When you stand, move or even sit CORRECTLY, abdominal muscles keep you upright (think of pulling your belly button into your spine). But when you slouch in a chair, they go unused. Tight back muscles and inactive, weak abs form a posture-wrecking alliance that can exaggerate the spine’s natural arch, a condition called hyperlordosis.

Tight hips

Flexible hips help keep you balanced, but chronic sitters rarely extend the hip flexor muscles that they become short and tight, limiting range of motion and stride length. Studies have found that decreased hip mobility is a main reason elderly people tend to fall.

Inactive glutes

Prolonged sitting requires your glutes to do absolutely nothing, and they get used to it. This is responsible for poor circulation and lack of oxygen to the tissue contributing to inhibition and atrophy. Soft glutes lead to an unstable, weak pelvis which is unable maintain a powerful stride or correct pelvic posture.

Generally, maintaining the normal spinal curves is considered to be beneficial during sitting; however a common tendency for most people, especially those sitting at computers with improper screen height is to assume a forward head posture along with kyphosis of the thoracic spine. Forward head posture has been shown to increase the incidence of neck and shoulder trigger points and pain, along with alterations in shoulder muscle activity and a further interference with the flow of nerve impulses and messages as the spinal cord runs though the centre of the spine.

As a result, individuals who regularly sit this way may be more prone to conditions such as neck and back pain, scapulothoracic and shoulder impingement and neurological compromise if their posture is not properly assessed and corrected.

Poor posture while driving or sitting at your desk can produce a repetitive load to the tissues that causes sustained stress. Simply staying in the car seat with poor posture long enough will eventually ensure damage. The effects of poor posture may not be experienced immediately as their effects are cumulative, which is why it is imperative to start making small changes now and turn them into positive postural habits.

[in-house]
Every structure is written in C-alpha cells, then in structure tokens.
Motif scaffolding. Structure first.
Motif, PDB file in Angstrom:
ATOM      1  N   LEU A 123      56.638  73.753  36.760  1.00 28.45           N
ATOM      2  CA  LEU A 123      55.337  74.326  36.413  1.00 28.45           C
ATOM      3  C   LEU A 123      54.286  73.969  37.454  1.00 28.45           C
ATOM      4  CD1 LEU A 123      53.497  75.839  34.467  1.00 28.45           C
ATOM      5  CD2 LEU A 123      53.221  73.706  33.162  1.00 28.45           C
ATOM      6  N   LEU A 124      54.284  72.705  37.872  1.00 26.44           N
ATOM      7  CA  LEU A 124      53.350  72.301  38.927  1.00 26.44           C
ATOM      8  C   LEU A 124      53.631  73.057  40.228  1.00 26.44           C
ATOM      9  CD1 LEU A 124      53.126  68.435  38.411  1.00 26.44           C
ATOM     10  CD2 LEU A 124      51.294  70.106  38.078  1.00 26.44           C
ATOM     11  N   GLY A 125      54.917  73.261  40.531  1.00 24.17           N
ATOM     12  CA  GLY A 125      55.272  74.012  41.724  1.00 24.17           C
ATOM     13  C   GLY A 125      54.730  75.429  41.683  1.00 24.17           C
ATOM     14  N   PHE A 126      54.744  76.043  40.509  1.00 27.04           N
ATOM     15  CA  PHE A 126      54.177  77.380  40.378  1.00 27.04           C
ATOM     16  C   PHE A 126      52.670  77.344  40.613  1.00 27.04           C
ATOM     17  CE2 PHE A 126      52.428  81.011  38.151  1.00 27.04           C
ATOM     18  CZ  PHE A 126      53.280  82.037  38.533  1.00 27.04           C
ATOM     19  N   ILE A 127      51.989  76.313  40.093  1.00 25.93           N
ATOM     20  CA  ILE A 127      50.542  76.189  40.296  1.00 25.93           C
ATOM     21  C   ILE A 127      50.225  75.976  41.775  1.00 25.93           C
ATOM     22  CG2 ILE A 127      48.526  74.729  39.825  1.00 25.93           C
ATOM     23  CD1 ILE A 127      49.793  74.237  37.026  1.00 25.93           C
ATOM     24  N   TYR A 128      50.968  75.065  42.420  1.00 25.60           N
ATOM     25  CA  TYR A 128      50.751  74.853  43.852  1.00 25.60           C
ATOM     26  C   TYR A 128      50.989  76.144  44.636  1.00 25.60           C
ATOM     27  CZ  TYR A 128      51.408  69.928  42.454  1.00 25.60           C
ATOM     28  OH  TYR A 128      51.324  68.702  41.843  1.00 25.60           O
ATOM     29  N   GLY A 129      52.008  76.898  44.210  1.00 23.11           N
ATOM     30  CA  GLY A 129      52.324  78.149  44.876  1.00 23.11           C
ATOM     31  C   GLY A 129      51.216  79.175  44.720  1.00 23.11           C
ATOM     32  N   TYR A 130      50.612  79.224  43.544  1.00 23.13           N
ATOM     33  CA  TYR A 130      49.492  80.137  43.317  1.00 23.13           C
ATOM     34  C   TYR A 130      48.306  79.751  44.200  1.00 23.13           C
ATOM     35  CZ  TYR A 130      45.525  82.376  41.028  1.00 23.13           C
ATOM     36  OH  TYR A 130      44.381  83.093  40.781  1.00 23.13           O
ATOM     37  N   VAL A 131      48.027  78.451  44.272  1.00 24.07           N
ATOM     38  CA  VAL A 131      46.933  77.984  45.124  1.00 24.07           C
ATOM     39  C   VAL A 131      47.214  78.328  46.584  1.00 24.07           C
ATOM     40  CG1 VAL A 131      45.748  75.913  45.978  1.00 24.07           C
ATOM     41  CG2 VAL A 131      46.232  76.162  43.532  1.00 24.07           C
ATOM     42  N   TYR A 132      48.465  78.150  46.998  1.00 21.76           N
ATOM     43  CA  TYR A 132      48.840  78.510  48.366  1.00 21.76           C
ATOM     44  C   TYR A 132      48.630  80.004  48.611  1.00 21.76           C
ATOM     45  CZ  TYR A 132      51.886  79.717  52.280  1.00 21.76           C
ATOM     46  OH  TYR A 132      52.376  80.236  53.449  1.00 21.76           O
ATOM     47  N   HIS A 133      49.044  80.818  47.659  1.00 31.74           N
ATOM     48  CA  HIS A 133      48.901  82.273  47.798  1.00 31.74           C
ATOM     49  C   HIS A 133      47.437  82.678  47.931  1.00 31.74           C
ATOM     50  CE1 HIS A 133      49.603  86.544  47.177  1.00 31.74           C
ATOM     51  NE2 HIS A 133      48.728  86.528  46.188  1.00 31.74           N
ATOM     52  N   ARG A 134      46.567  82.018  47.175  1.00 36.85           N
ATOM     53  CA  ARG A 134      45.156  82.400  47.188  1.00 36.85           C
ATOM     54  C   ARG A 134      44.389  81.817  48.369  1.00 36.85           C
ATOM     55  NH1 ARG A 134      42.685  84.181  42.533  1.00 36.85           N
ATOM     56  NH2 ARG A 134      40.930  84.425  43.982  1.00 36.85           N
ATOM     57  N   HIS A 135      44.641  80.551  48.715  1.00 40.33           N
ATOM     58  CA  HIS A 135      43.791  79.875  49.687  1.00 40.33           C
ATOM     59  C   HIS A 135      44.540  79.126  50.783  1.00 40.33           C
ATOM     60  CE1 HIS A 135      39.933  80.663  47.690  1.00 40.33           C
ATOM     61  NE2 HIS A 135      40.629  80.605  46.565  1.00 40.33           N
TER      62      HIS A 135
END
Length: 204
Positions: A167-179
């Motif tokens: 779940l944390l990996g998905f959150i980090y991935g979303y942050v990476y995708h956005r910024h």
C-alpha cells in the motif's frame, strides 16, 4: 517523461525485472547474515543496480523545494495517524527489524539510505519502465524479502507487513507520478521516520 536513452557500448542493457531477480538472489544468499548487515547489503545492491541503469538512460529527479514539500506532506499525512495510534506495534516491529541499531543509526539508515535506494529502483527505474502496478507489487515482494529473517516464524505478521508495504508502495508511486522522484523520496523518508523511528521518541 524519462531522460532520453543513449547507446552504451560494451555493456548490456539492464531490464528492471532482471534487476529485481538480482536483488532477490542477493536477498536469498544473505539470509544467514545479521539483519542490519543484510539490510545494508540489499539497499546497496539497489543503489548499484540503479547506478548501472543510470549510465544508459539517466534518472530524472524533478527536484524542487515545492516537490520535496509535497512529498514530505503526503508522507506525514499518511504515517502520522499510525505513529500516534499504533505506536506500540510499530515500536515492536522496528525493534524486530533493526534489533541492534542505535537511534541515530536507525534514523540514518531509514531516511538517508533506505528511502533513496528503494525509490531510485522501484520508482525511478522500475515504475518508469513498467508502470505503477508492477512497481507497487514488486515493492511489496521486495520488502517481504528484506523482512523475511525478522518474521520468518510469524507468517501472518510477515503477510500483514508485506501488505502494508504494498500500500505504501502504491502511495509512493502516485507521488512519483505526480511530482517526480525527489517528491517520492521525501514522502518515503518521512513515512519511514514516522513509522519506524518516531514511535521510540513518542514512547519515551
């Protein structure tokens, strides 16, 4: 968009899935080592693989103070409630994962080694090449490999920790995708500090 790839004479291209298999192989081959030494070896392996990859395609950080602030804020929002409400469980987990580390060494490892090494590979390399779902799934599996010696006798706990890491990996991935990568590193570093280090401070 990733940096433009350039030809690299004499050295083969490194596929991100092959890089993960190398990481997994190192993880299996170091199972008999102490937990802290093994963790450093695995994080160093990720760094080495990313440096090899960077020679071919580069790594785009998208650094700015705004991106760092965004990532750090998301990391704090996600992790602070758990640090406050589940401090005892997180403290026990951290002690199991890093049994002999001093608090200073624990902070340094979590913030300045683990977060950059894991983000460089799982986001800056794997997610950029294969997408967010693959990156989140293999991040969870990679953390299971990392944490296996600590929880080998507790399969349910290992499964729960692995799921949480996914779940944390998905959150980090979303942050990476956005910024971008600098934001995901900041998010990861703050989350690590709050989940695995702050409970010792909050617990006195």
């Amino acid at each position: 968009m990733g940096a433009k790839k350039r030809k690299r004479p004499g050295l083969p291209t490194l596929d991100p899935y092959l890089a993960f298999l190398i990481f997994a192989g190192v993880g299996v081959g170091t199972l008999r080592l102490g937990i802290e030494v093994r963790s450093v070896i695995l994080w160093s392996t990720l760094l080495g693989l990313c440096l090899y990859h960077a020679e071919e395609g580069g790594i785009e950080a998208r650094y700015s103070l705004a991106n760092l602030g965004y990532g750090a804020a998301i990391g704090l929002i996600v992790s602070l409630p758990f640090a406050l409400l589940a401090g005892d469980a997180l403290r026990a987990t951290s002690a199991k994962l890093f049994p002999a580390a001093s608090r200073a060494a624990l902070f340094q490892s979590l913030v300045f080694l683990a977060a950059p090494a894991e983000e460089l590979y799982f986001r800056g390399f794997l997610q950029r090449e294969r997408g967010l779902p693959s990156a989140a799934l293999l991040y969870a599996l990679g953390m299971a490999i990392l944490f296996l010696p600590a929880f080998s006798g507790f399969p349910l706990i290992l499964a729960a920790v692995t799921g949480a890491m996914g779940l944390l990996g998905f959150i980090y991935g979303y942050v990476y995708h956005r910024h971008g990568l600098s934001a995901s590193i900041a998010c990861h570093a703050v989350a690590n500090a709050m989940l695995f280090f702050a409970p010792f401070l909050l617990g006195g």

An example of positive postural advice whilst driving or sitting at a desk is to squeeze the shoulder blades together for 20-30 seconds and then letting go and repeating 2-3 times. Performing cervical range of motion and shoulder retraction with elevation and depression will also help combat poor prolonged posture.

Use this checklist for ‘proper sitting’ while driving a car or in your office:

  • Sit up against the seatback with a tall spine.
  • Ideally knees and hips should be at 90°, with feet planted firmly on the floor.
  • Adjust the back rest up and down to your comfort level. It should be placed firm against your back and may be tilted a bit backwards for more comfort.
  • Adjust your hips so that they are level and square; remove your wallet from your back pocket.
  • Lightly draw your belly button in towards your spine to engage your core.
  • Try get into the habit of keeping the shoulder blades active-pretend you are squeezing a tennis
  • ball between your shoulder blades. This opens out the chest and prevents rounding of the shoulders.
  • Take as many active breaks as possible; one every hour at least. A simple walk around is enough if that is all you can manage. Some simple stretches is an additional bonus.